Our Proud History
When Henry J. Heinz founded his Company in late 1869, among his product line of pure, quality products were horseradish, pickles, and various sauces. The Company also manufactured vinegar to preserve the appearance and flavor of its processed pickles and other condiments. Soon thereafter, Heinz® became the country's first manufacturer to package vinegar in individual bottles for home use. Vinegar was also a necessary ingredient in the making of Heinz® Ketchup, first introduced in 1876.
More than 100 years later, Heinz continues the tradition of processing high quality vinegar for consumers who expect the best for their cooking and pickling needs. Sourced from corn and grapes, Heinz® Vinegar always delivers consistent, good-tasting flavors for the foods you love to eat!
In the early 1880's, Heinz packaged its vinegar in the ever popular "paneled" bottle, with a Keystone label and a guarantee of pure, natural vinegar on the label. Vinegars were also sold to grocers in paraffin-lined oak casks. Each cask carried an end label guaranteeing the quality of the vinegar and listing numerous awards.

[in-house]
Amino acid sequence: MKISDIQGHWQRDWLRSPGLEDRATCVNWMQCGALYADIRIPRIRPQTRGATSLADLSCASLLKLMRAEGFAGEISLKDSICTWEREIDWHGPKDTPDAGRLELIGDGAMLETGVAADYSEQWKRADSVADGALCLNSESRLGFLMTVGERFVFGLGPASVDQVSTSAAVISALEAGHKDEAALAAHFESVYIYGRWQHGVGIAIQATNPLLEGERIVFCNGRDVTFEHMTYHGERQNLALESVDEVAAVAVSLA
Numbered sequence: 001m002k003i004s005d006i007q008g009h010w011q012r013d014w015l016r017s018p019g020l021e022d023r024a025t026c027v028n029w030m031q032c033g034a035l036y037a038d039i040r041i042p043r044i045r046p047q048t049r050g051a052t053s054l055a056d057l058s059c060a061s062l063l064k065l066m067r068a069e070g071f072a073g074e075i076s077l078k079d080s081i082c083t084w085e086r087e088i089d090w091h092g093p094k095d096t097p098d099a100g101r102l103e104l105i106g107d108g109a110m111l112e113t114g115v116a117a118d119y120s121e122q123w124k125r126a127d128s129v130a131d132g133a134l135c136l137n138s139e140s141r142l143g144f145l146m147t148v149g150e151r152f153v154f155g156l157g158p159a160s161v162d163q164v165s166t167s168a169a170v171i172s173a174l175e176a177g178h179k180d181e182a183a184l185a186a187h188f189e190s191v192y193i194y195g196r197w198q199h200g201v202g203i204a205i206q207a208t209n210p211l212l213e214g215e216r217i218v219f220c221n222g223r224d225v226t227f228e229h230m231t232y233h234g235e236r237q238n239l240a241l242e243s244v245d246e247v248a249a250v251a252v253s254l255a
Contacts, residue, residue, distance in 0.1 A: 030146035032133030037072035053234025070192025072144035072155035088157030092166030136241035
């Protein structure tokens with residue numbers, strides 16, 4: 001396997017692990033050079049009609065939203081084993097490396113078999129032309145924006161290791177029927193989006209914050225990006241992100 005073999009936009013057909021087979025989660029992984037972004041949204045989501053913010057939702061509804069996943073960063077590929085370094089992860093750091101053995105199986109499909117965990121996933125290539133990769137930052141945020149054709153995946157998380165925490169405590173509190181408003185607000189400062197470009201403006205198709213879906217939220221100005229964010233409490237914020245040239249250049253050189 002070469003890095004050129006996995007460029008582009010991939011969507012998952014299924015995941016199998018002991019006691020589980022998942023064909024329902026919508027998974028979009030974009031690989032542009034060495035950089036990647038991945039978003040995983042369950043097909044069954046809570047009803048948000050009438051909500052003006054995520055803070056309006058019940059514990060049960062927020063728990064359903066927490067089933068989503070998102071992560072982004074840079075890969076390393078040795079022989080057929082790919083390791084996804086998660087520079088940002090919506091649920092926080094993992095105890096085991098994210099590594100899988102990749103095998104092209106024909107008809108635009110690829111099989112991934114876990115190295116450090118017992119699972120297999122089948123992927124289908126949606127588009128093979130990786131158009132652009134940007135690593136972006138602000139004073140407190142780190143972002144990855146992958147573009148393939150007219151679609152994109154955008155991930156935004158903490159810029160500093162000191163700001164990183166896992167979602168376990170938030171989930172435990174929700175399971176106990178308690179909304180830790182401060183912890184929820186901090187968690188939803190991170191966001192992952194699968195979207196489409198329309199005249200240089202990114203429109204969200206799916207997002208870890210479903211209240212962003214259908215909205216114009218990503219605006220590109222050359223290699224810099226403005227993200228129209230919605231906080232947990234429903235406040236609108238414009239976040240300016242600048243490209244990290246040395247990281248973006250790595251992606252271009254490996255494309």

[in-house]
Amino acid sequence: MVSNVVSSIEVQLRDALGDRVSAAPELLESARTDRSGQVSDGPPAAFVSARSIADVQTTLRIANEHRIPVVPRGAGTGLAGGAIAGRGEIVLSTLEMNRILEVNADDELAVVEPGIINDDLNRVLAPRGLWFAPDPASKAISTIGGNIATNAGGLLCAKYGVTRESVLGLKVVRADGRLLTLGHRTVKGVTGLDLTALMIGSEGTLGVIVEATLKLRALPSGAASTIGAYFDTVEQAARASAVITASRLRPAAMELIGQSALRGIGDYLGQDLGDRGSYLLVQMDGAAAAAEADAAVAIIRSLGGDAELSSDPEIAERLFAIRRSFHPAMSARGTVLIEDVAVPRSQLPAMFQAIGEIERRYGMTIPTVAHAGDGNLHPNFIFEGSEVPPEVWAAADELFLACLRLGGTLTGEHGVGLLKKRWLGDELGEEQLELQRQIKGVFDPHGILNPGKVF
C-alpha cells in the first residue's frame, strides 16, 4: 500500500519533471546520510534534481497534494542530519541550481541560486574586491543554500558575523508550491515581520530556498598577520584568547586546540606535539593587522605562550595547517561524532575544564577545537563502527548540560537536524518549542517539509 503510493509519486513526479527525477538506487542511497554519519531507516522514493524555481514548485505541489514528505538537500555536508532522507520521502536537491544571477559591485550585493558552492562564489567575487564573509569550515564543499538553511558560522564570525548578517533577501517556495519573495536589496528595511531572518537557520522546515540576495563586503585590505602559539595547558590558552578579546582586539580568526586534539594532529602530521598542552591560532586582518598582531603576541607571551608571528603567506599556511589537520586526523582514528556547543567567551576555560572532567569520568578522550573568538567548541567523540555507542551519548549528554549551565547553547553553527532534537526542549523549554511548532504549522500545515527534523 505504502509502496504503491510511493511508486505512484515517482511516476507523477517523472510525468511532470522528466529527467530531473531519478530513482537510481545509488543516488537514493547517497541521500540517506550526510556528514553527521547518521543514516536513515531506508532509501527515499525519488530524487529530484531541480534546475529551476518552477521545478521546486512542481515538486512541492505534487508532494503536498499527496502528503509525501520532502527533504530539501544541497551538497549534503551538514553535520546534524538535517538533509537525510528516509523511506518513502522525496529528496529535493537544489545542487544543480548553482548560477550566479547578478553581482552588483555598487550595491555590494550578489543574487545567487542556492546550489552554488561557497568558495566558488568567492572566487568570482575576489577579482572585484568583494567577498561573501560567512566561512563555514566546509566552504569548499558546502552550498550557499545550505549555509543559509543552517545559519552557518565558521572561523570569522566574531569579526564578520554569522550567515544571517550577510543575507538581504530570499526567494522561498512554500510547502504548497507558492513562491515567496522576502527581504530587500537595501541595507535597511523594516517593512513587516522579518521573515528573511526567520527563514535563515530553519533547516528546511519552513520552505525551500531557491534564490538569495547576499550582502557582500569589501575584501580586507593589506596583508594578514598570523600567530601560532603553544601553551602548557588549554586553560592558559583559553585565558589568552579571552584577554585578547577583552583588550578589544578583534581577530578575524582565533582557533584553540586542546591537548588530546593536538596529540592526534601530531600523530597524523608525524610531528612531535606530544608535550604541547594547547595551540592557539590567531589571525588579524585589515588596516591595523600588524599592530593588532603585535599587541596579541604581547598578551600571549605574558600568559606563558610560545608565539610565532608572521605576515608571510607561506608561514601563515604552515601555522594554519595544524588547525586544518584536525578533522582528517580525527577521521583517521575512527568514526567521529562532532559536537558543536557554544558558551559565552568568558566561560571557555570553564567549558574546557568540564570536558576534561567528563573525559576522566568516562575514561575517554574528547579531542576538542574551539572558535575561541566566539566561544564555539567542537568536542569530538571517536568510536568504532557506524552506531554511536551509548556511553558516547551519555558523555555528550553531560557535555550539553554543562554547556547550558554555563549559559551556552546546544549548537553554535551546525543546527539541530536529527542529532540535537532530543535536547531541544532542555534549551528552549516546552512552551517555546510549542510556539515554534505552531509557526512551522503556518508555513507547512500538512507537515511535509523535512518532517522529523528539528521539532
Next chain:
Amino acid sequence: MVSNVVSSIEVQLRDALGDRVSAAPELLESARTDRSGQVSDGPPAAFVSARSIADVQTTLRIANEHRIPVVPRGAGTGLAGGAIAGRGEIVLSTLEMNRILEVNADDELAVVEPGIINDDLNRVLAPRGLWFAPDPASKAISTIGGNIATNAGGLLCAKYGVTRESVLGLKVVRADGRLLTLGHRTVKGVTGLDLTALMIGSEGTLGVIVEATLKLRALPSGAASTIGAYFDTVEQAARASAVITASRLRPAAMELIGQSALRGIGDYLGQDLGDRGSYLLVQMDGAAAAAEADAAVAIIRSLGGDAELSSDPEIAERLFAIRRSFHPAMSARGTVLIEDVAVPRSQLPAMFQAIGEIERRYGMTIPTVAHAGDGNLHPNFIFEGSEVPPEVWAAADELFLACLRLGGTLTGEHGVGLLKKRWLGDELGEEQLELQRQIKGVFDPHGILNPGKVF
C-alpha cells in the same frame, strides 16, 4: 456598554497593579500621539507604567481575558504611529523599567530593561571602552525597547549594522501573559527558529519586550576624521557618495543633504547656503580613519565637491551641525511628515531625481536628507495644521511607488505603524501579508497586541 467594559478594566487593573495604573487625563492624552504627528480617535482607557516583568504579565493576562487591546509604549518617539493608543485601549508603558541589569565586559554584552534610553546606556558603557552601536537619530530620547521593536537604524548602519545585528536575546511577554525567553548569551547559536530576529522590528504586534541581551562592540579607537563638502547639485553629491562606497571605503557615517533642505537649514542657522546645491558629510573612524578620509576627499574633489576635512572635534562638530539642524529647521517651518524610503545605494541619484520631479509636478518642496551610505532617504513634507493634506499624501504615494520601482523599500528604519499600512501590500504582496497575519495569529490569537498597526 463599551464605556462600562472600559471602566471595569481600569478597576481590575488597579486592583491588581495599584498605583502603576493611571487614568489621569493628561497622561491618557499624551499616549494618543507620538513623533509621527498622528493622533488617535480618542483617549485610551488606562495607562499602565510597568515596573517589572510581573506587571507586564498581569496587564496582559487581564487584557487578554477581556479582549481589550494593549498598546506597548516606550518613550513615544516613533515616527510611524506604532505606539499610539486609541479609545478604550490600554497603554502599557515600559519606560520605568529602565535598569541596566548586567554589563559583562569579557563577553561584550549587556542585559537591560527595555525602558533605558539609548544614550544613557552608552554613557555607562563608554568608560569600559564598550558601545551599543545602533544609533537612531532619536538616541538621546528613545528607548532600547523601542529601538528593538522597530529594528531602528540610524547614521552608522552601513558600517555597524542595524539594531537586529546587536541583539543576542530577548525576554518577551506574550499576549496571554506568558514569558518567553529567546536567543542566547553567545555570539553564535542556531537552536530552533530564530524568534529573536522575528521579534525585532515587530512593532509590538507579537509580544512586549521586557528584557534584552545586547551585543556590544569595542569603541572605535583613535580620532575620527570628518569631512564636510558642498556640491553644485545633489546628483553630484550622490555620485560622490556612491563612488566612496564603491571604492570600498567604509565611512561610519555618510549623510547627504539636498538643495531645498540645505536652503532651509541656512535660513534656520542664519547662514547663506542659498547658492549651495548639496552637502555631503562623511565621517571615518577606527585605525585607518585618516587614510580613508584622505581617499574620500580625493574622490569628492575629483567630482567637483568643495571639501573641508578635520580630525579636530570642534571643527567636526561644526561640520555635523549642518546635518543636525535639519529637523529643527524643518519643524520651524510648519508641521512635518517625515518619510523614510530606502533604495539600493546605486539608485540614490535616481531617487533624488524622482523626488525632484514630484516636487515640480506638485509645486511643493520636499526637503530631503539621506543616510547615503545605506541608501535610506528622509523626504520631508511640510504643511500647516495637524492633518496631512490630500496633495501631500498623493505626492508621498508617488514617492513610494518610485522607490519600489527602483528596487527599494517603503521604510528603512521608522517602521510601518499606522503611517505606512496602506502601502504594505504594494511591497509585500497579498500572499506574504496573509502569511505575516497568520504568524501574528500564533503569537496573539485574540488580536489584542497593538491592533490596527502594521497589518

In the early 1900's, Heinz sales representatives held samplings in many grocery stores on Saturdays. Homemakers tasted various types of vinegars -White, Apple Cider, Pickling, Wine and Malt - and selected the variety they would buy. At the same time, many homemakers tasted commercially processed vinegar for the first time. Previously, all vinegar was fermented in barrels or crocks that were stored in barns or basements. According to a 1901 H.J. Heinz Company employee newspaper:
"The old vinegar barrel lying in the cellar, or at the side of the barn for three or four years, has been supplanted by appliances that retain the natural flavor of the fruit and keep it free from impurities of all kinds. Cleanliness, purity and wholesomeness – the secret of H.J Heinz Company's great success in making vinegar."
Today, as one of the world's largest and oldest producers of vinegar, Heinz manufactures more than 7.5 million gallons of vinegar annually to supply American households with its popular and versatile food product.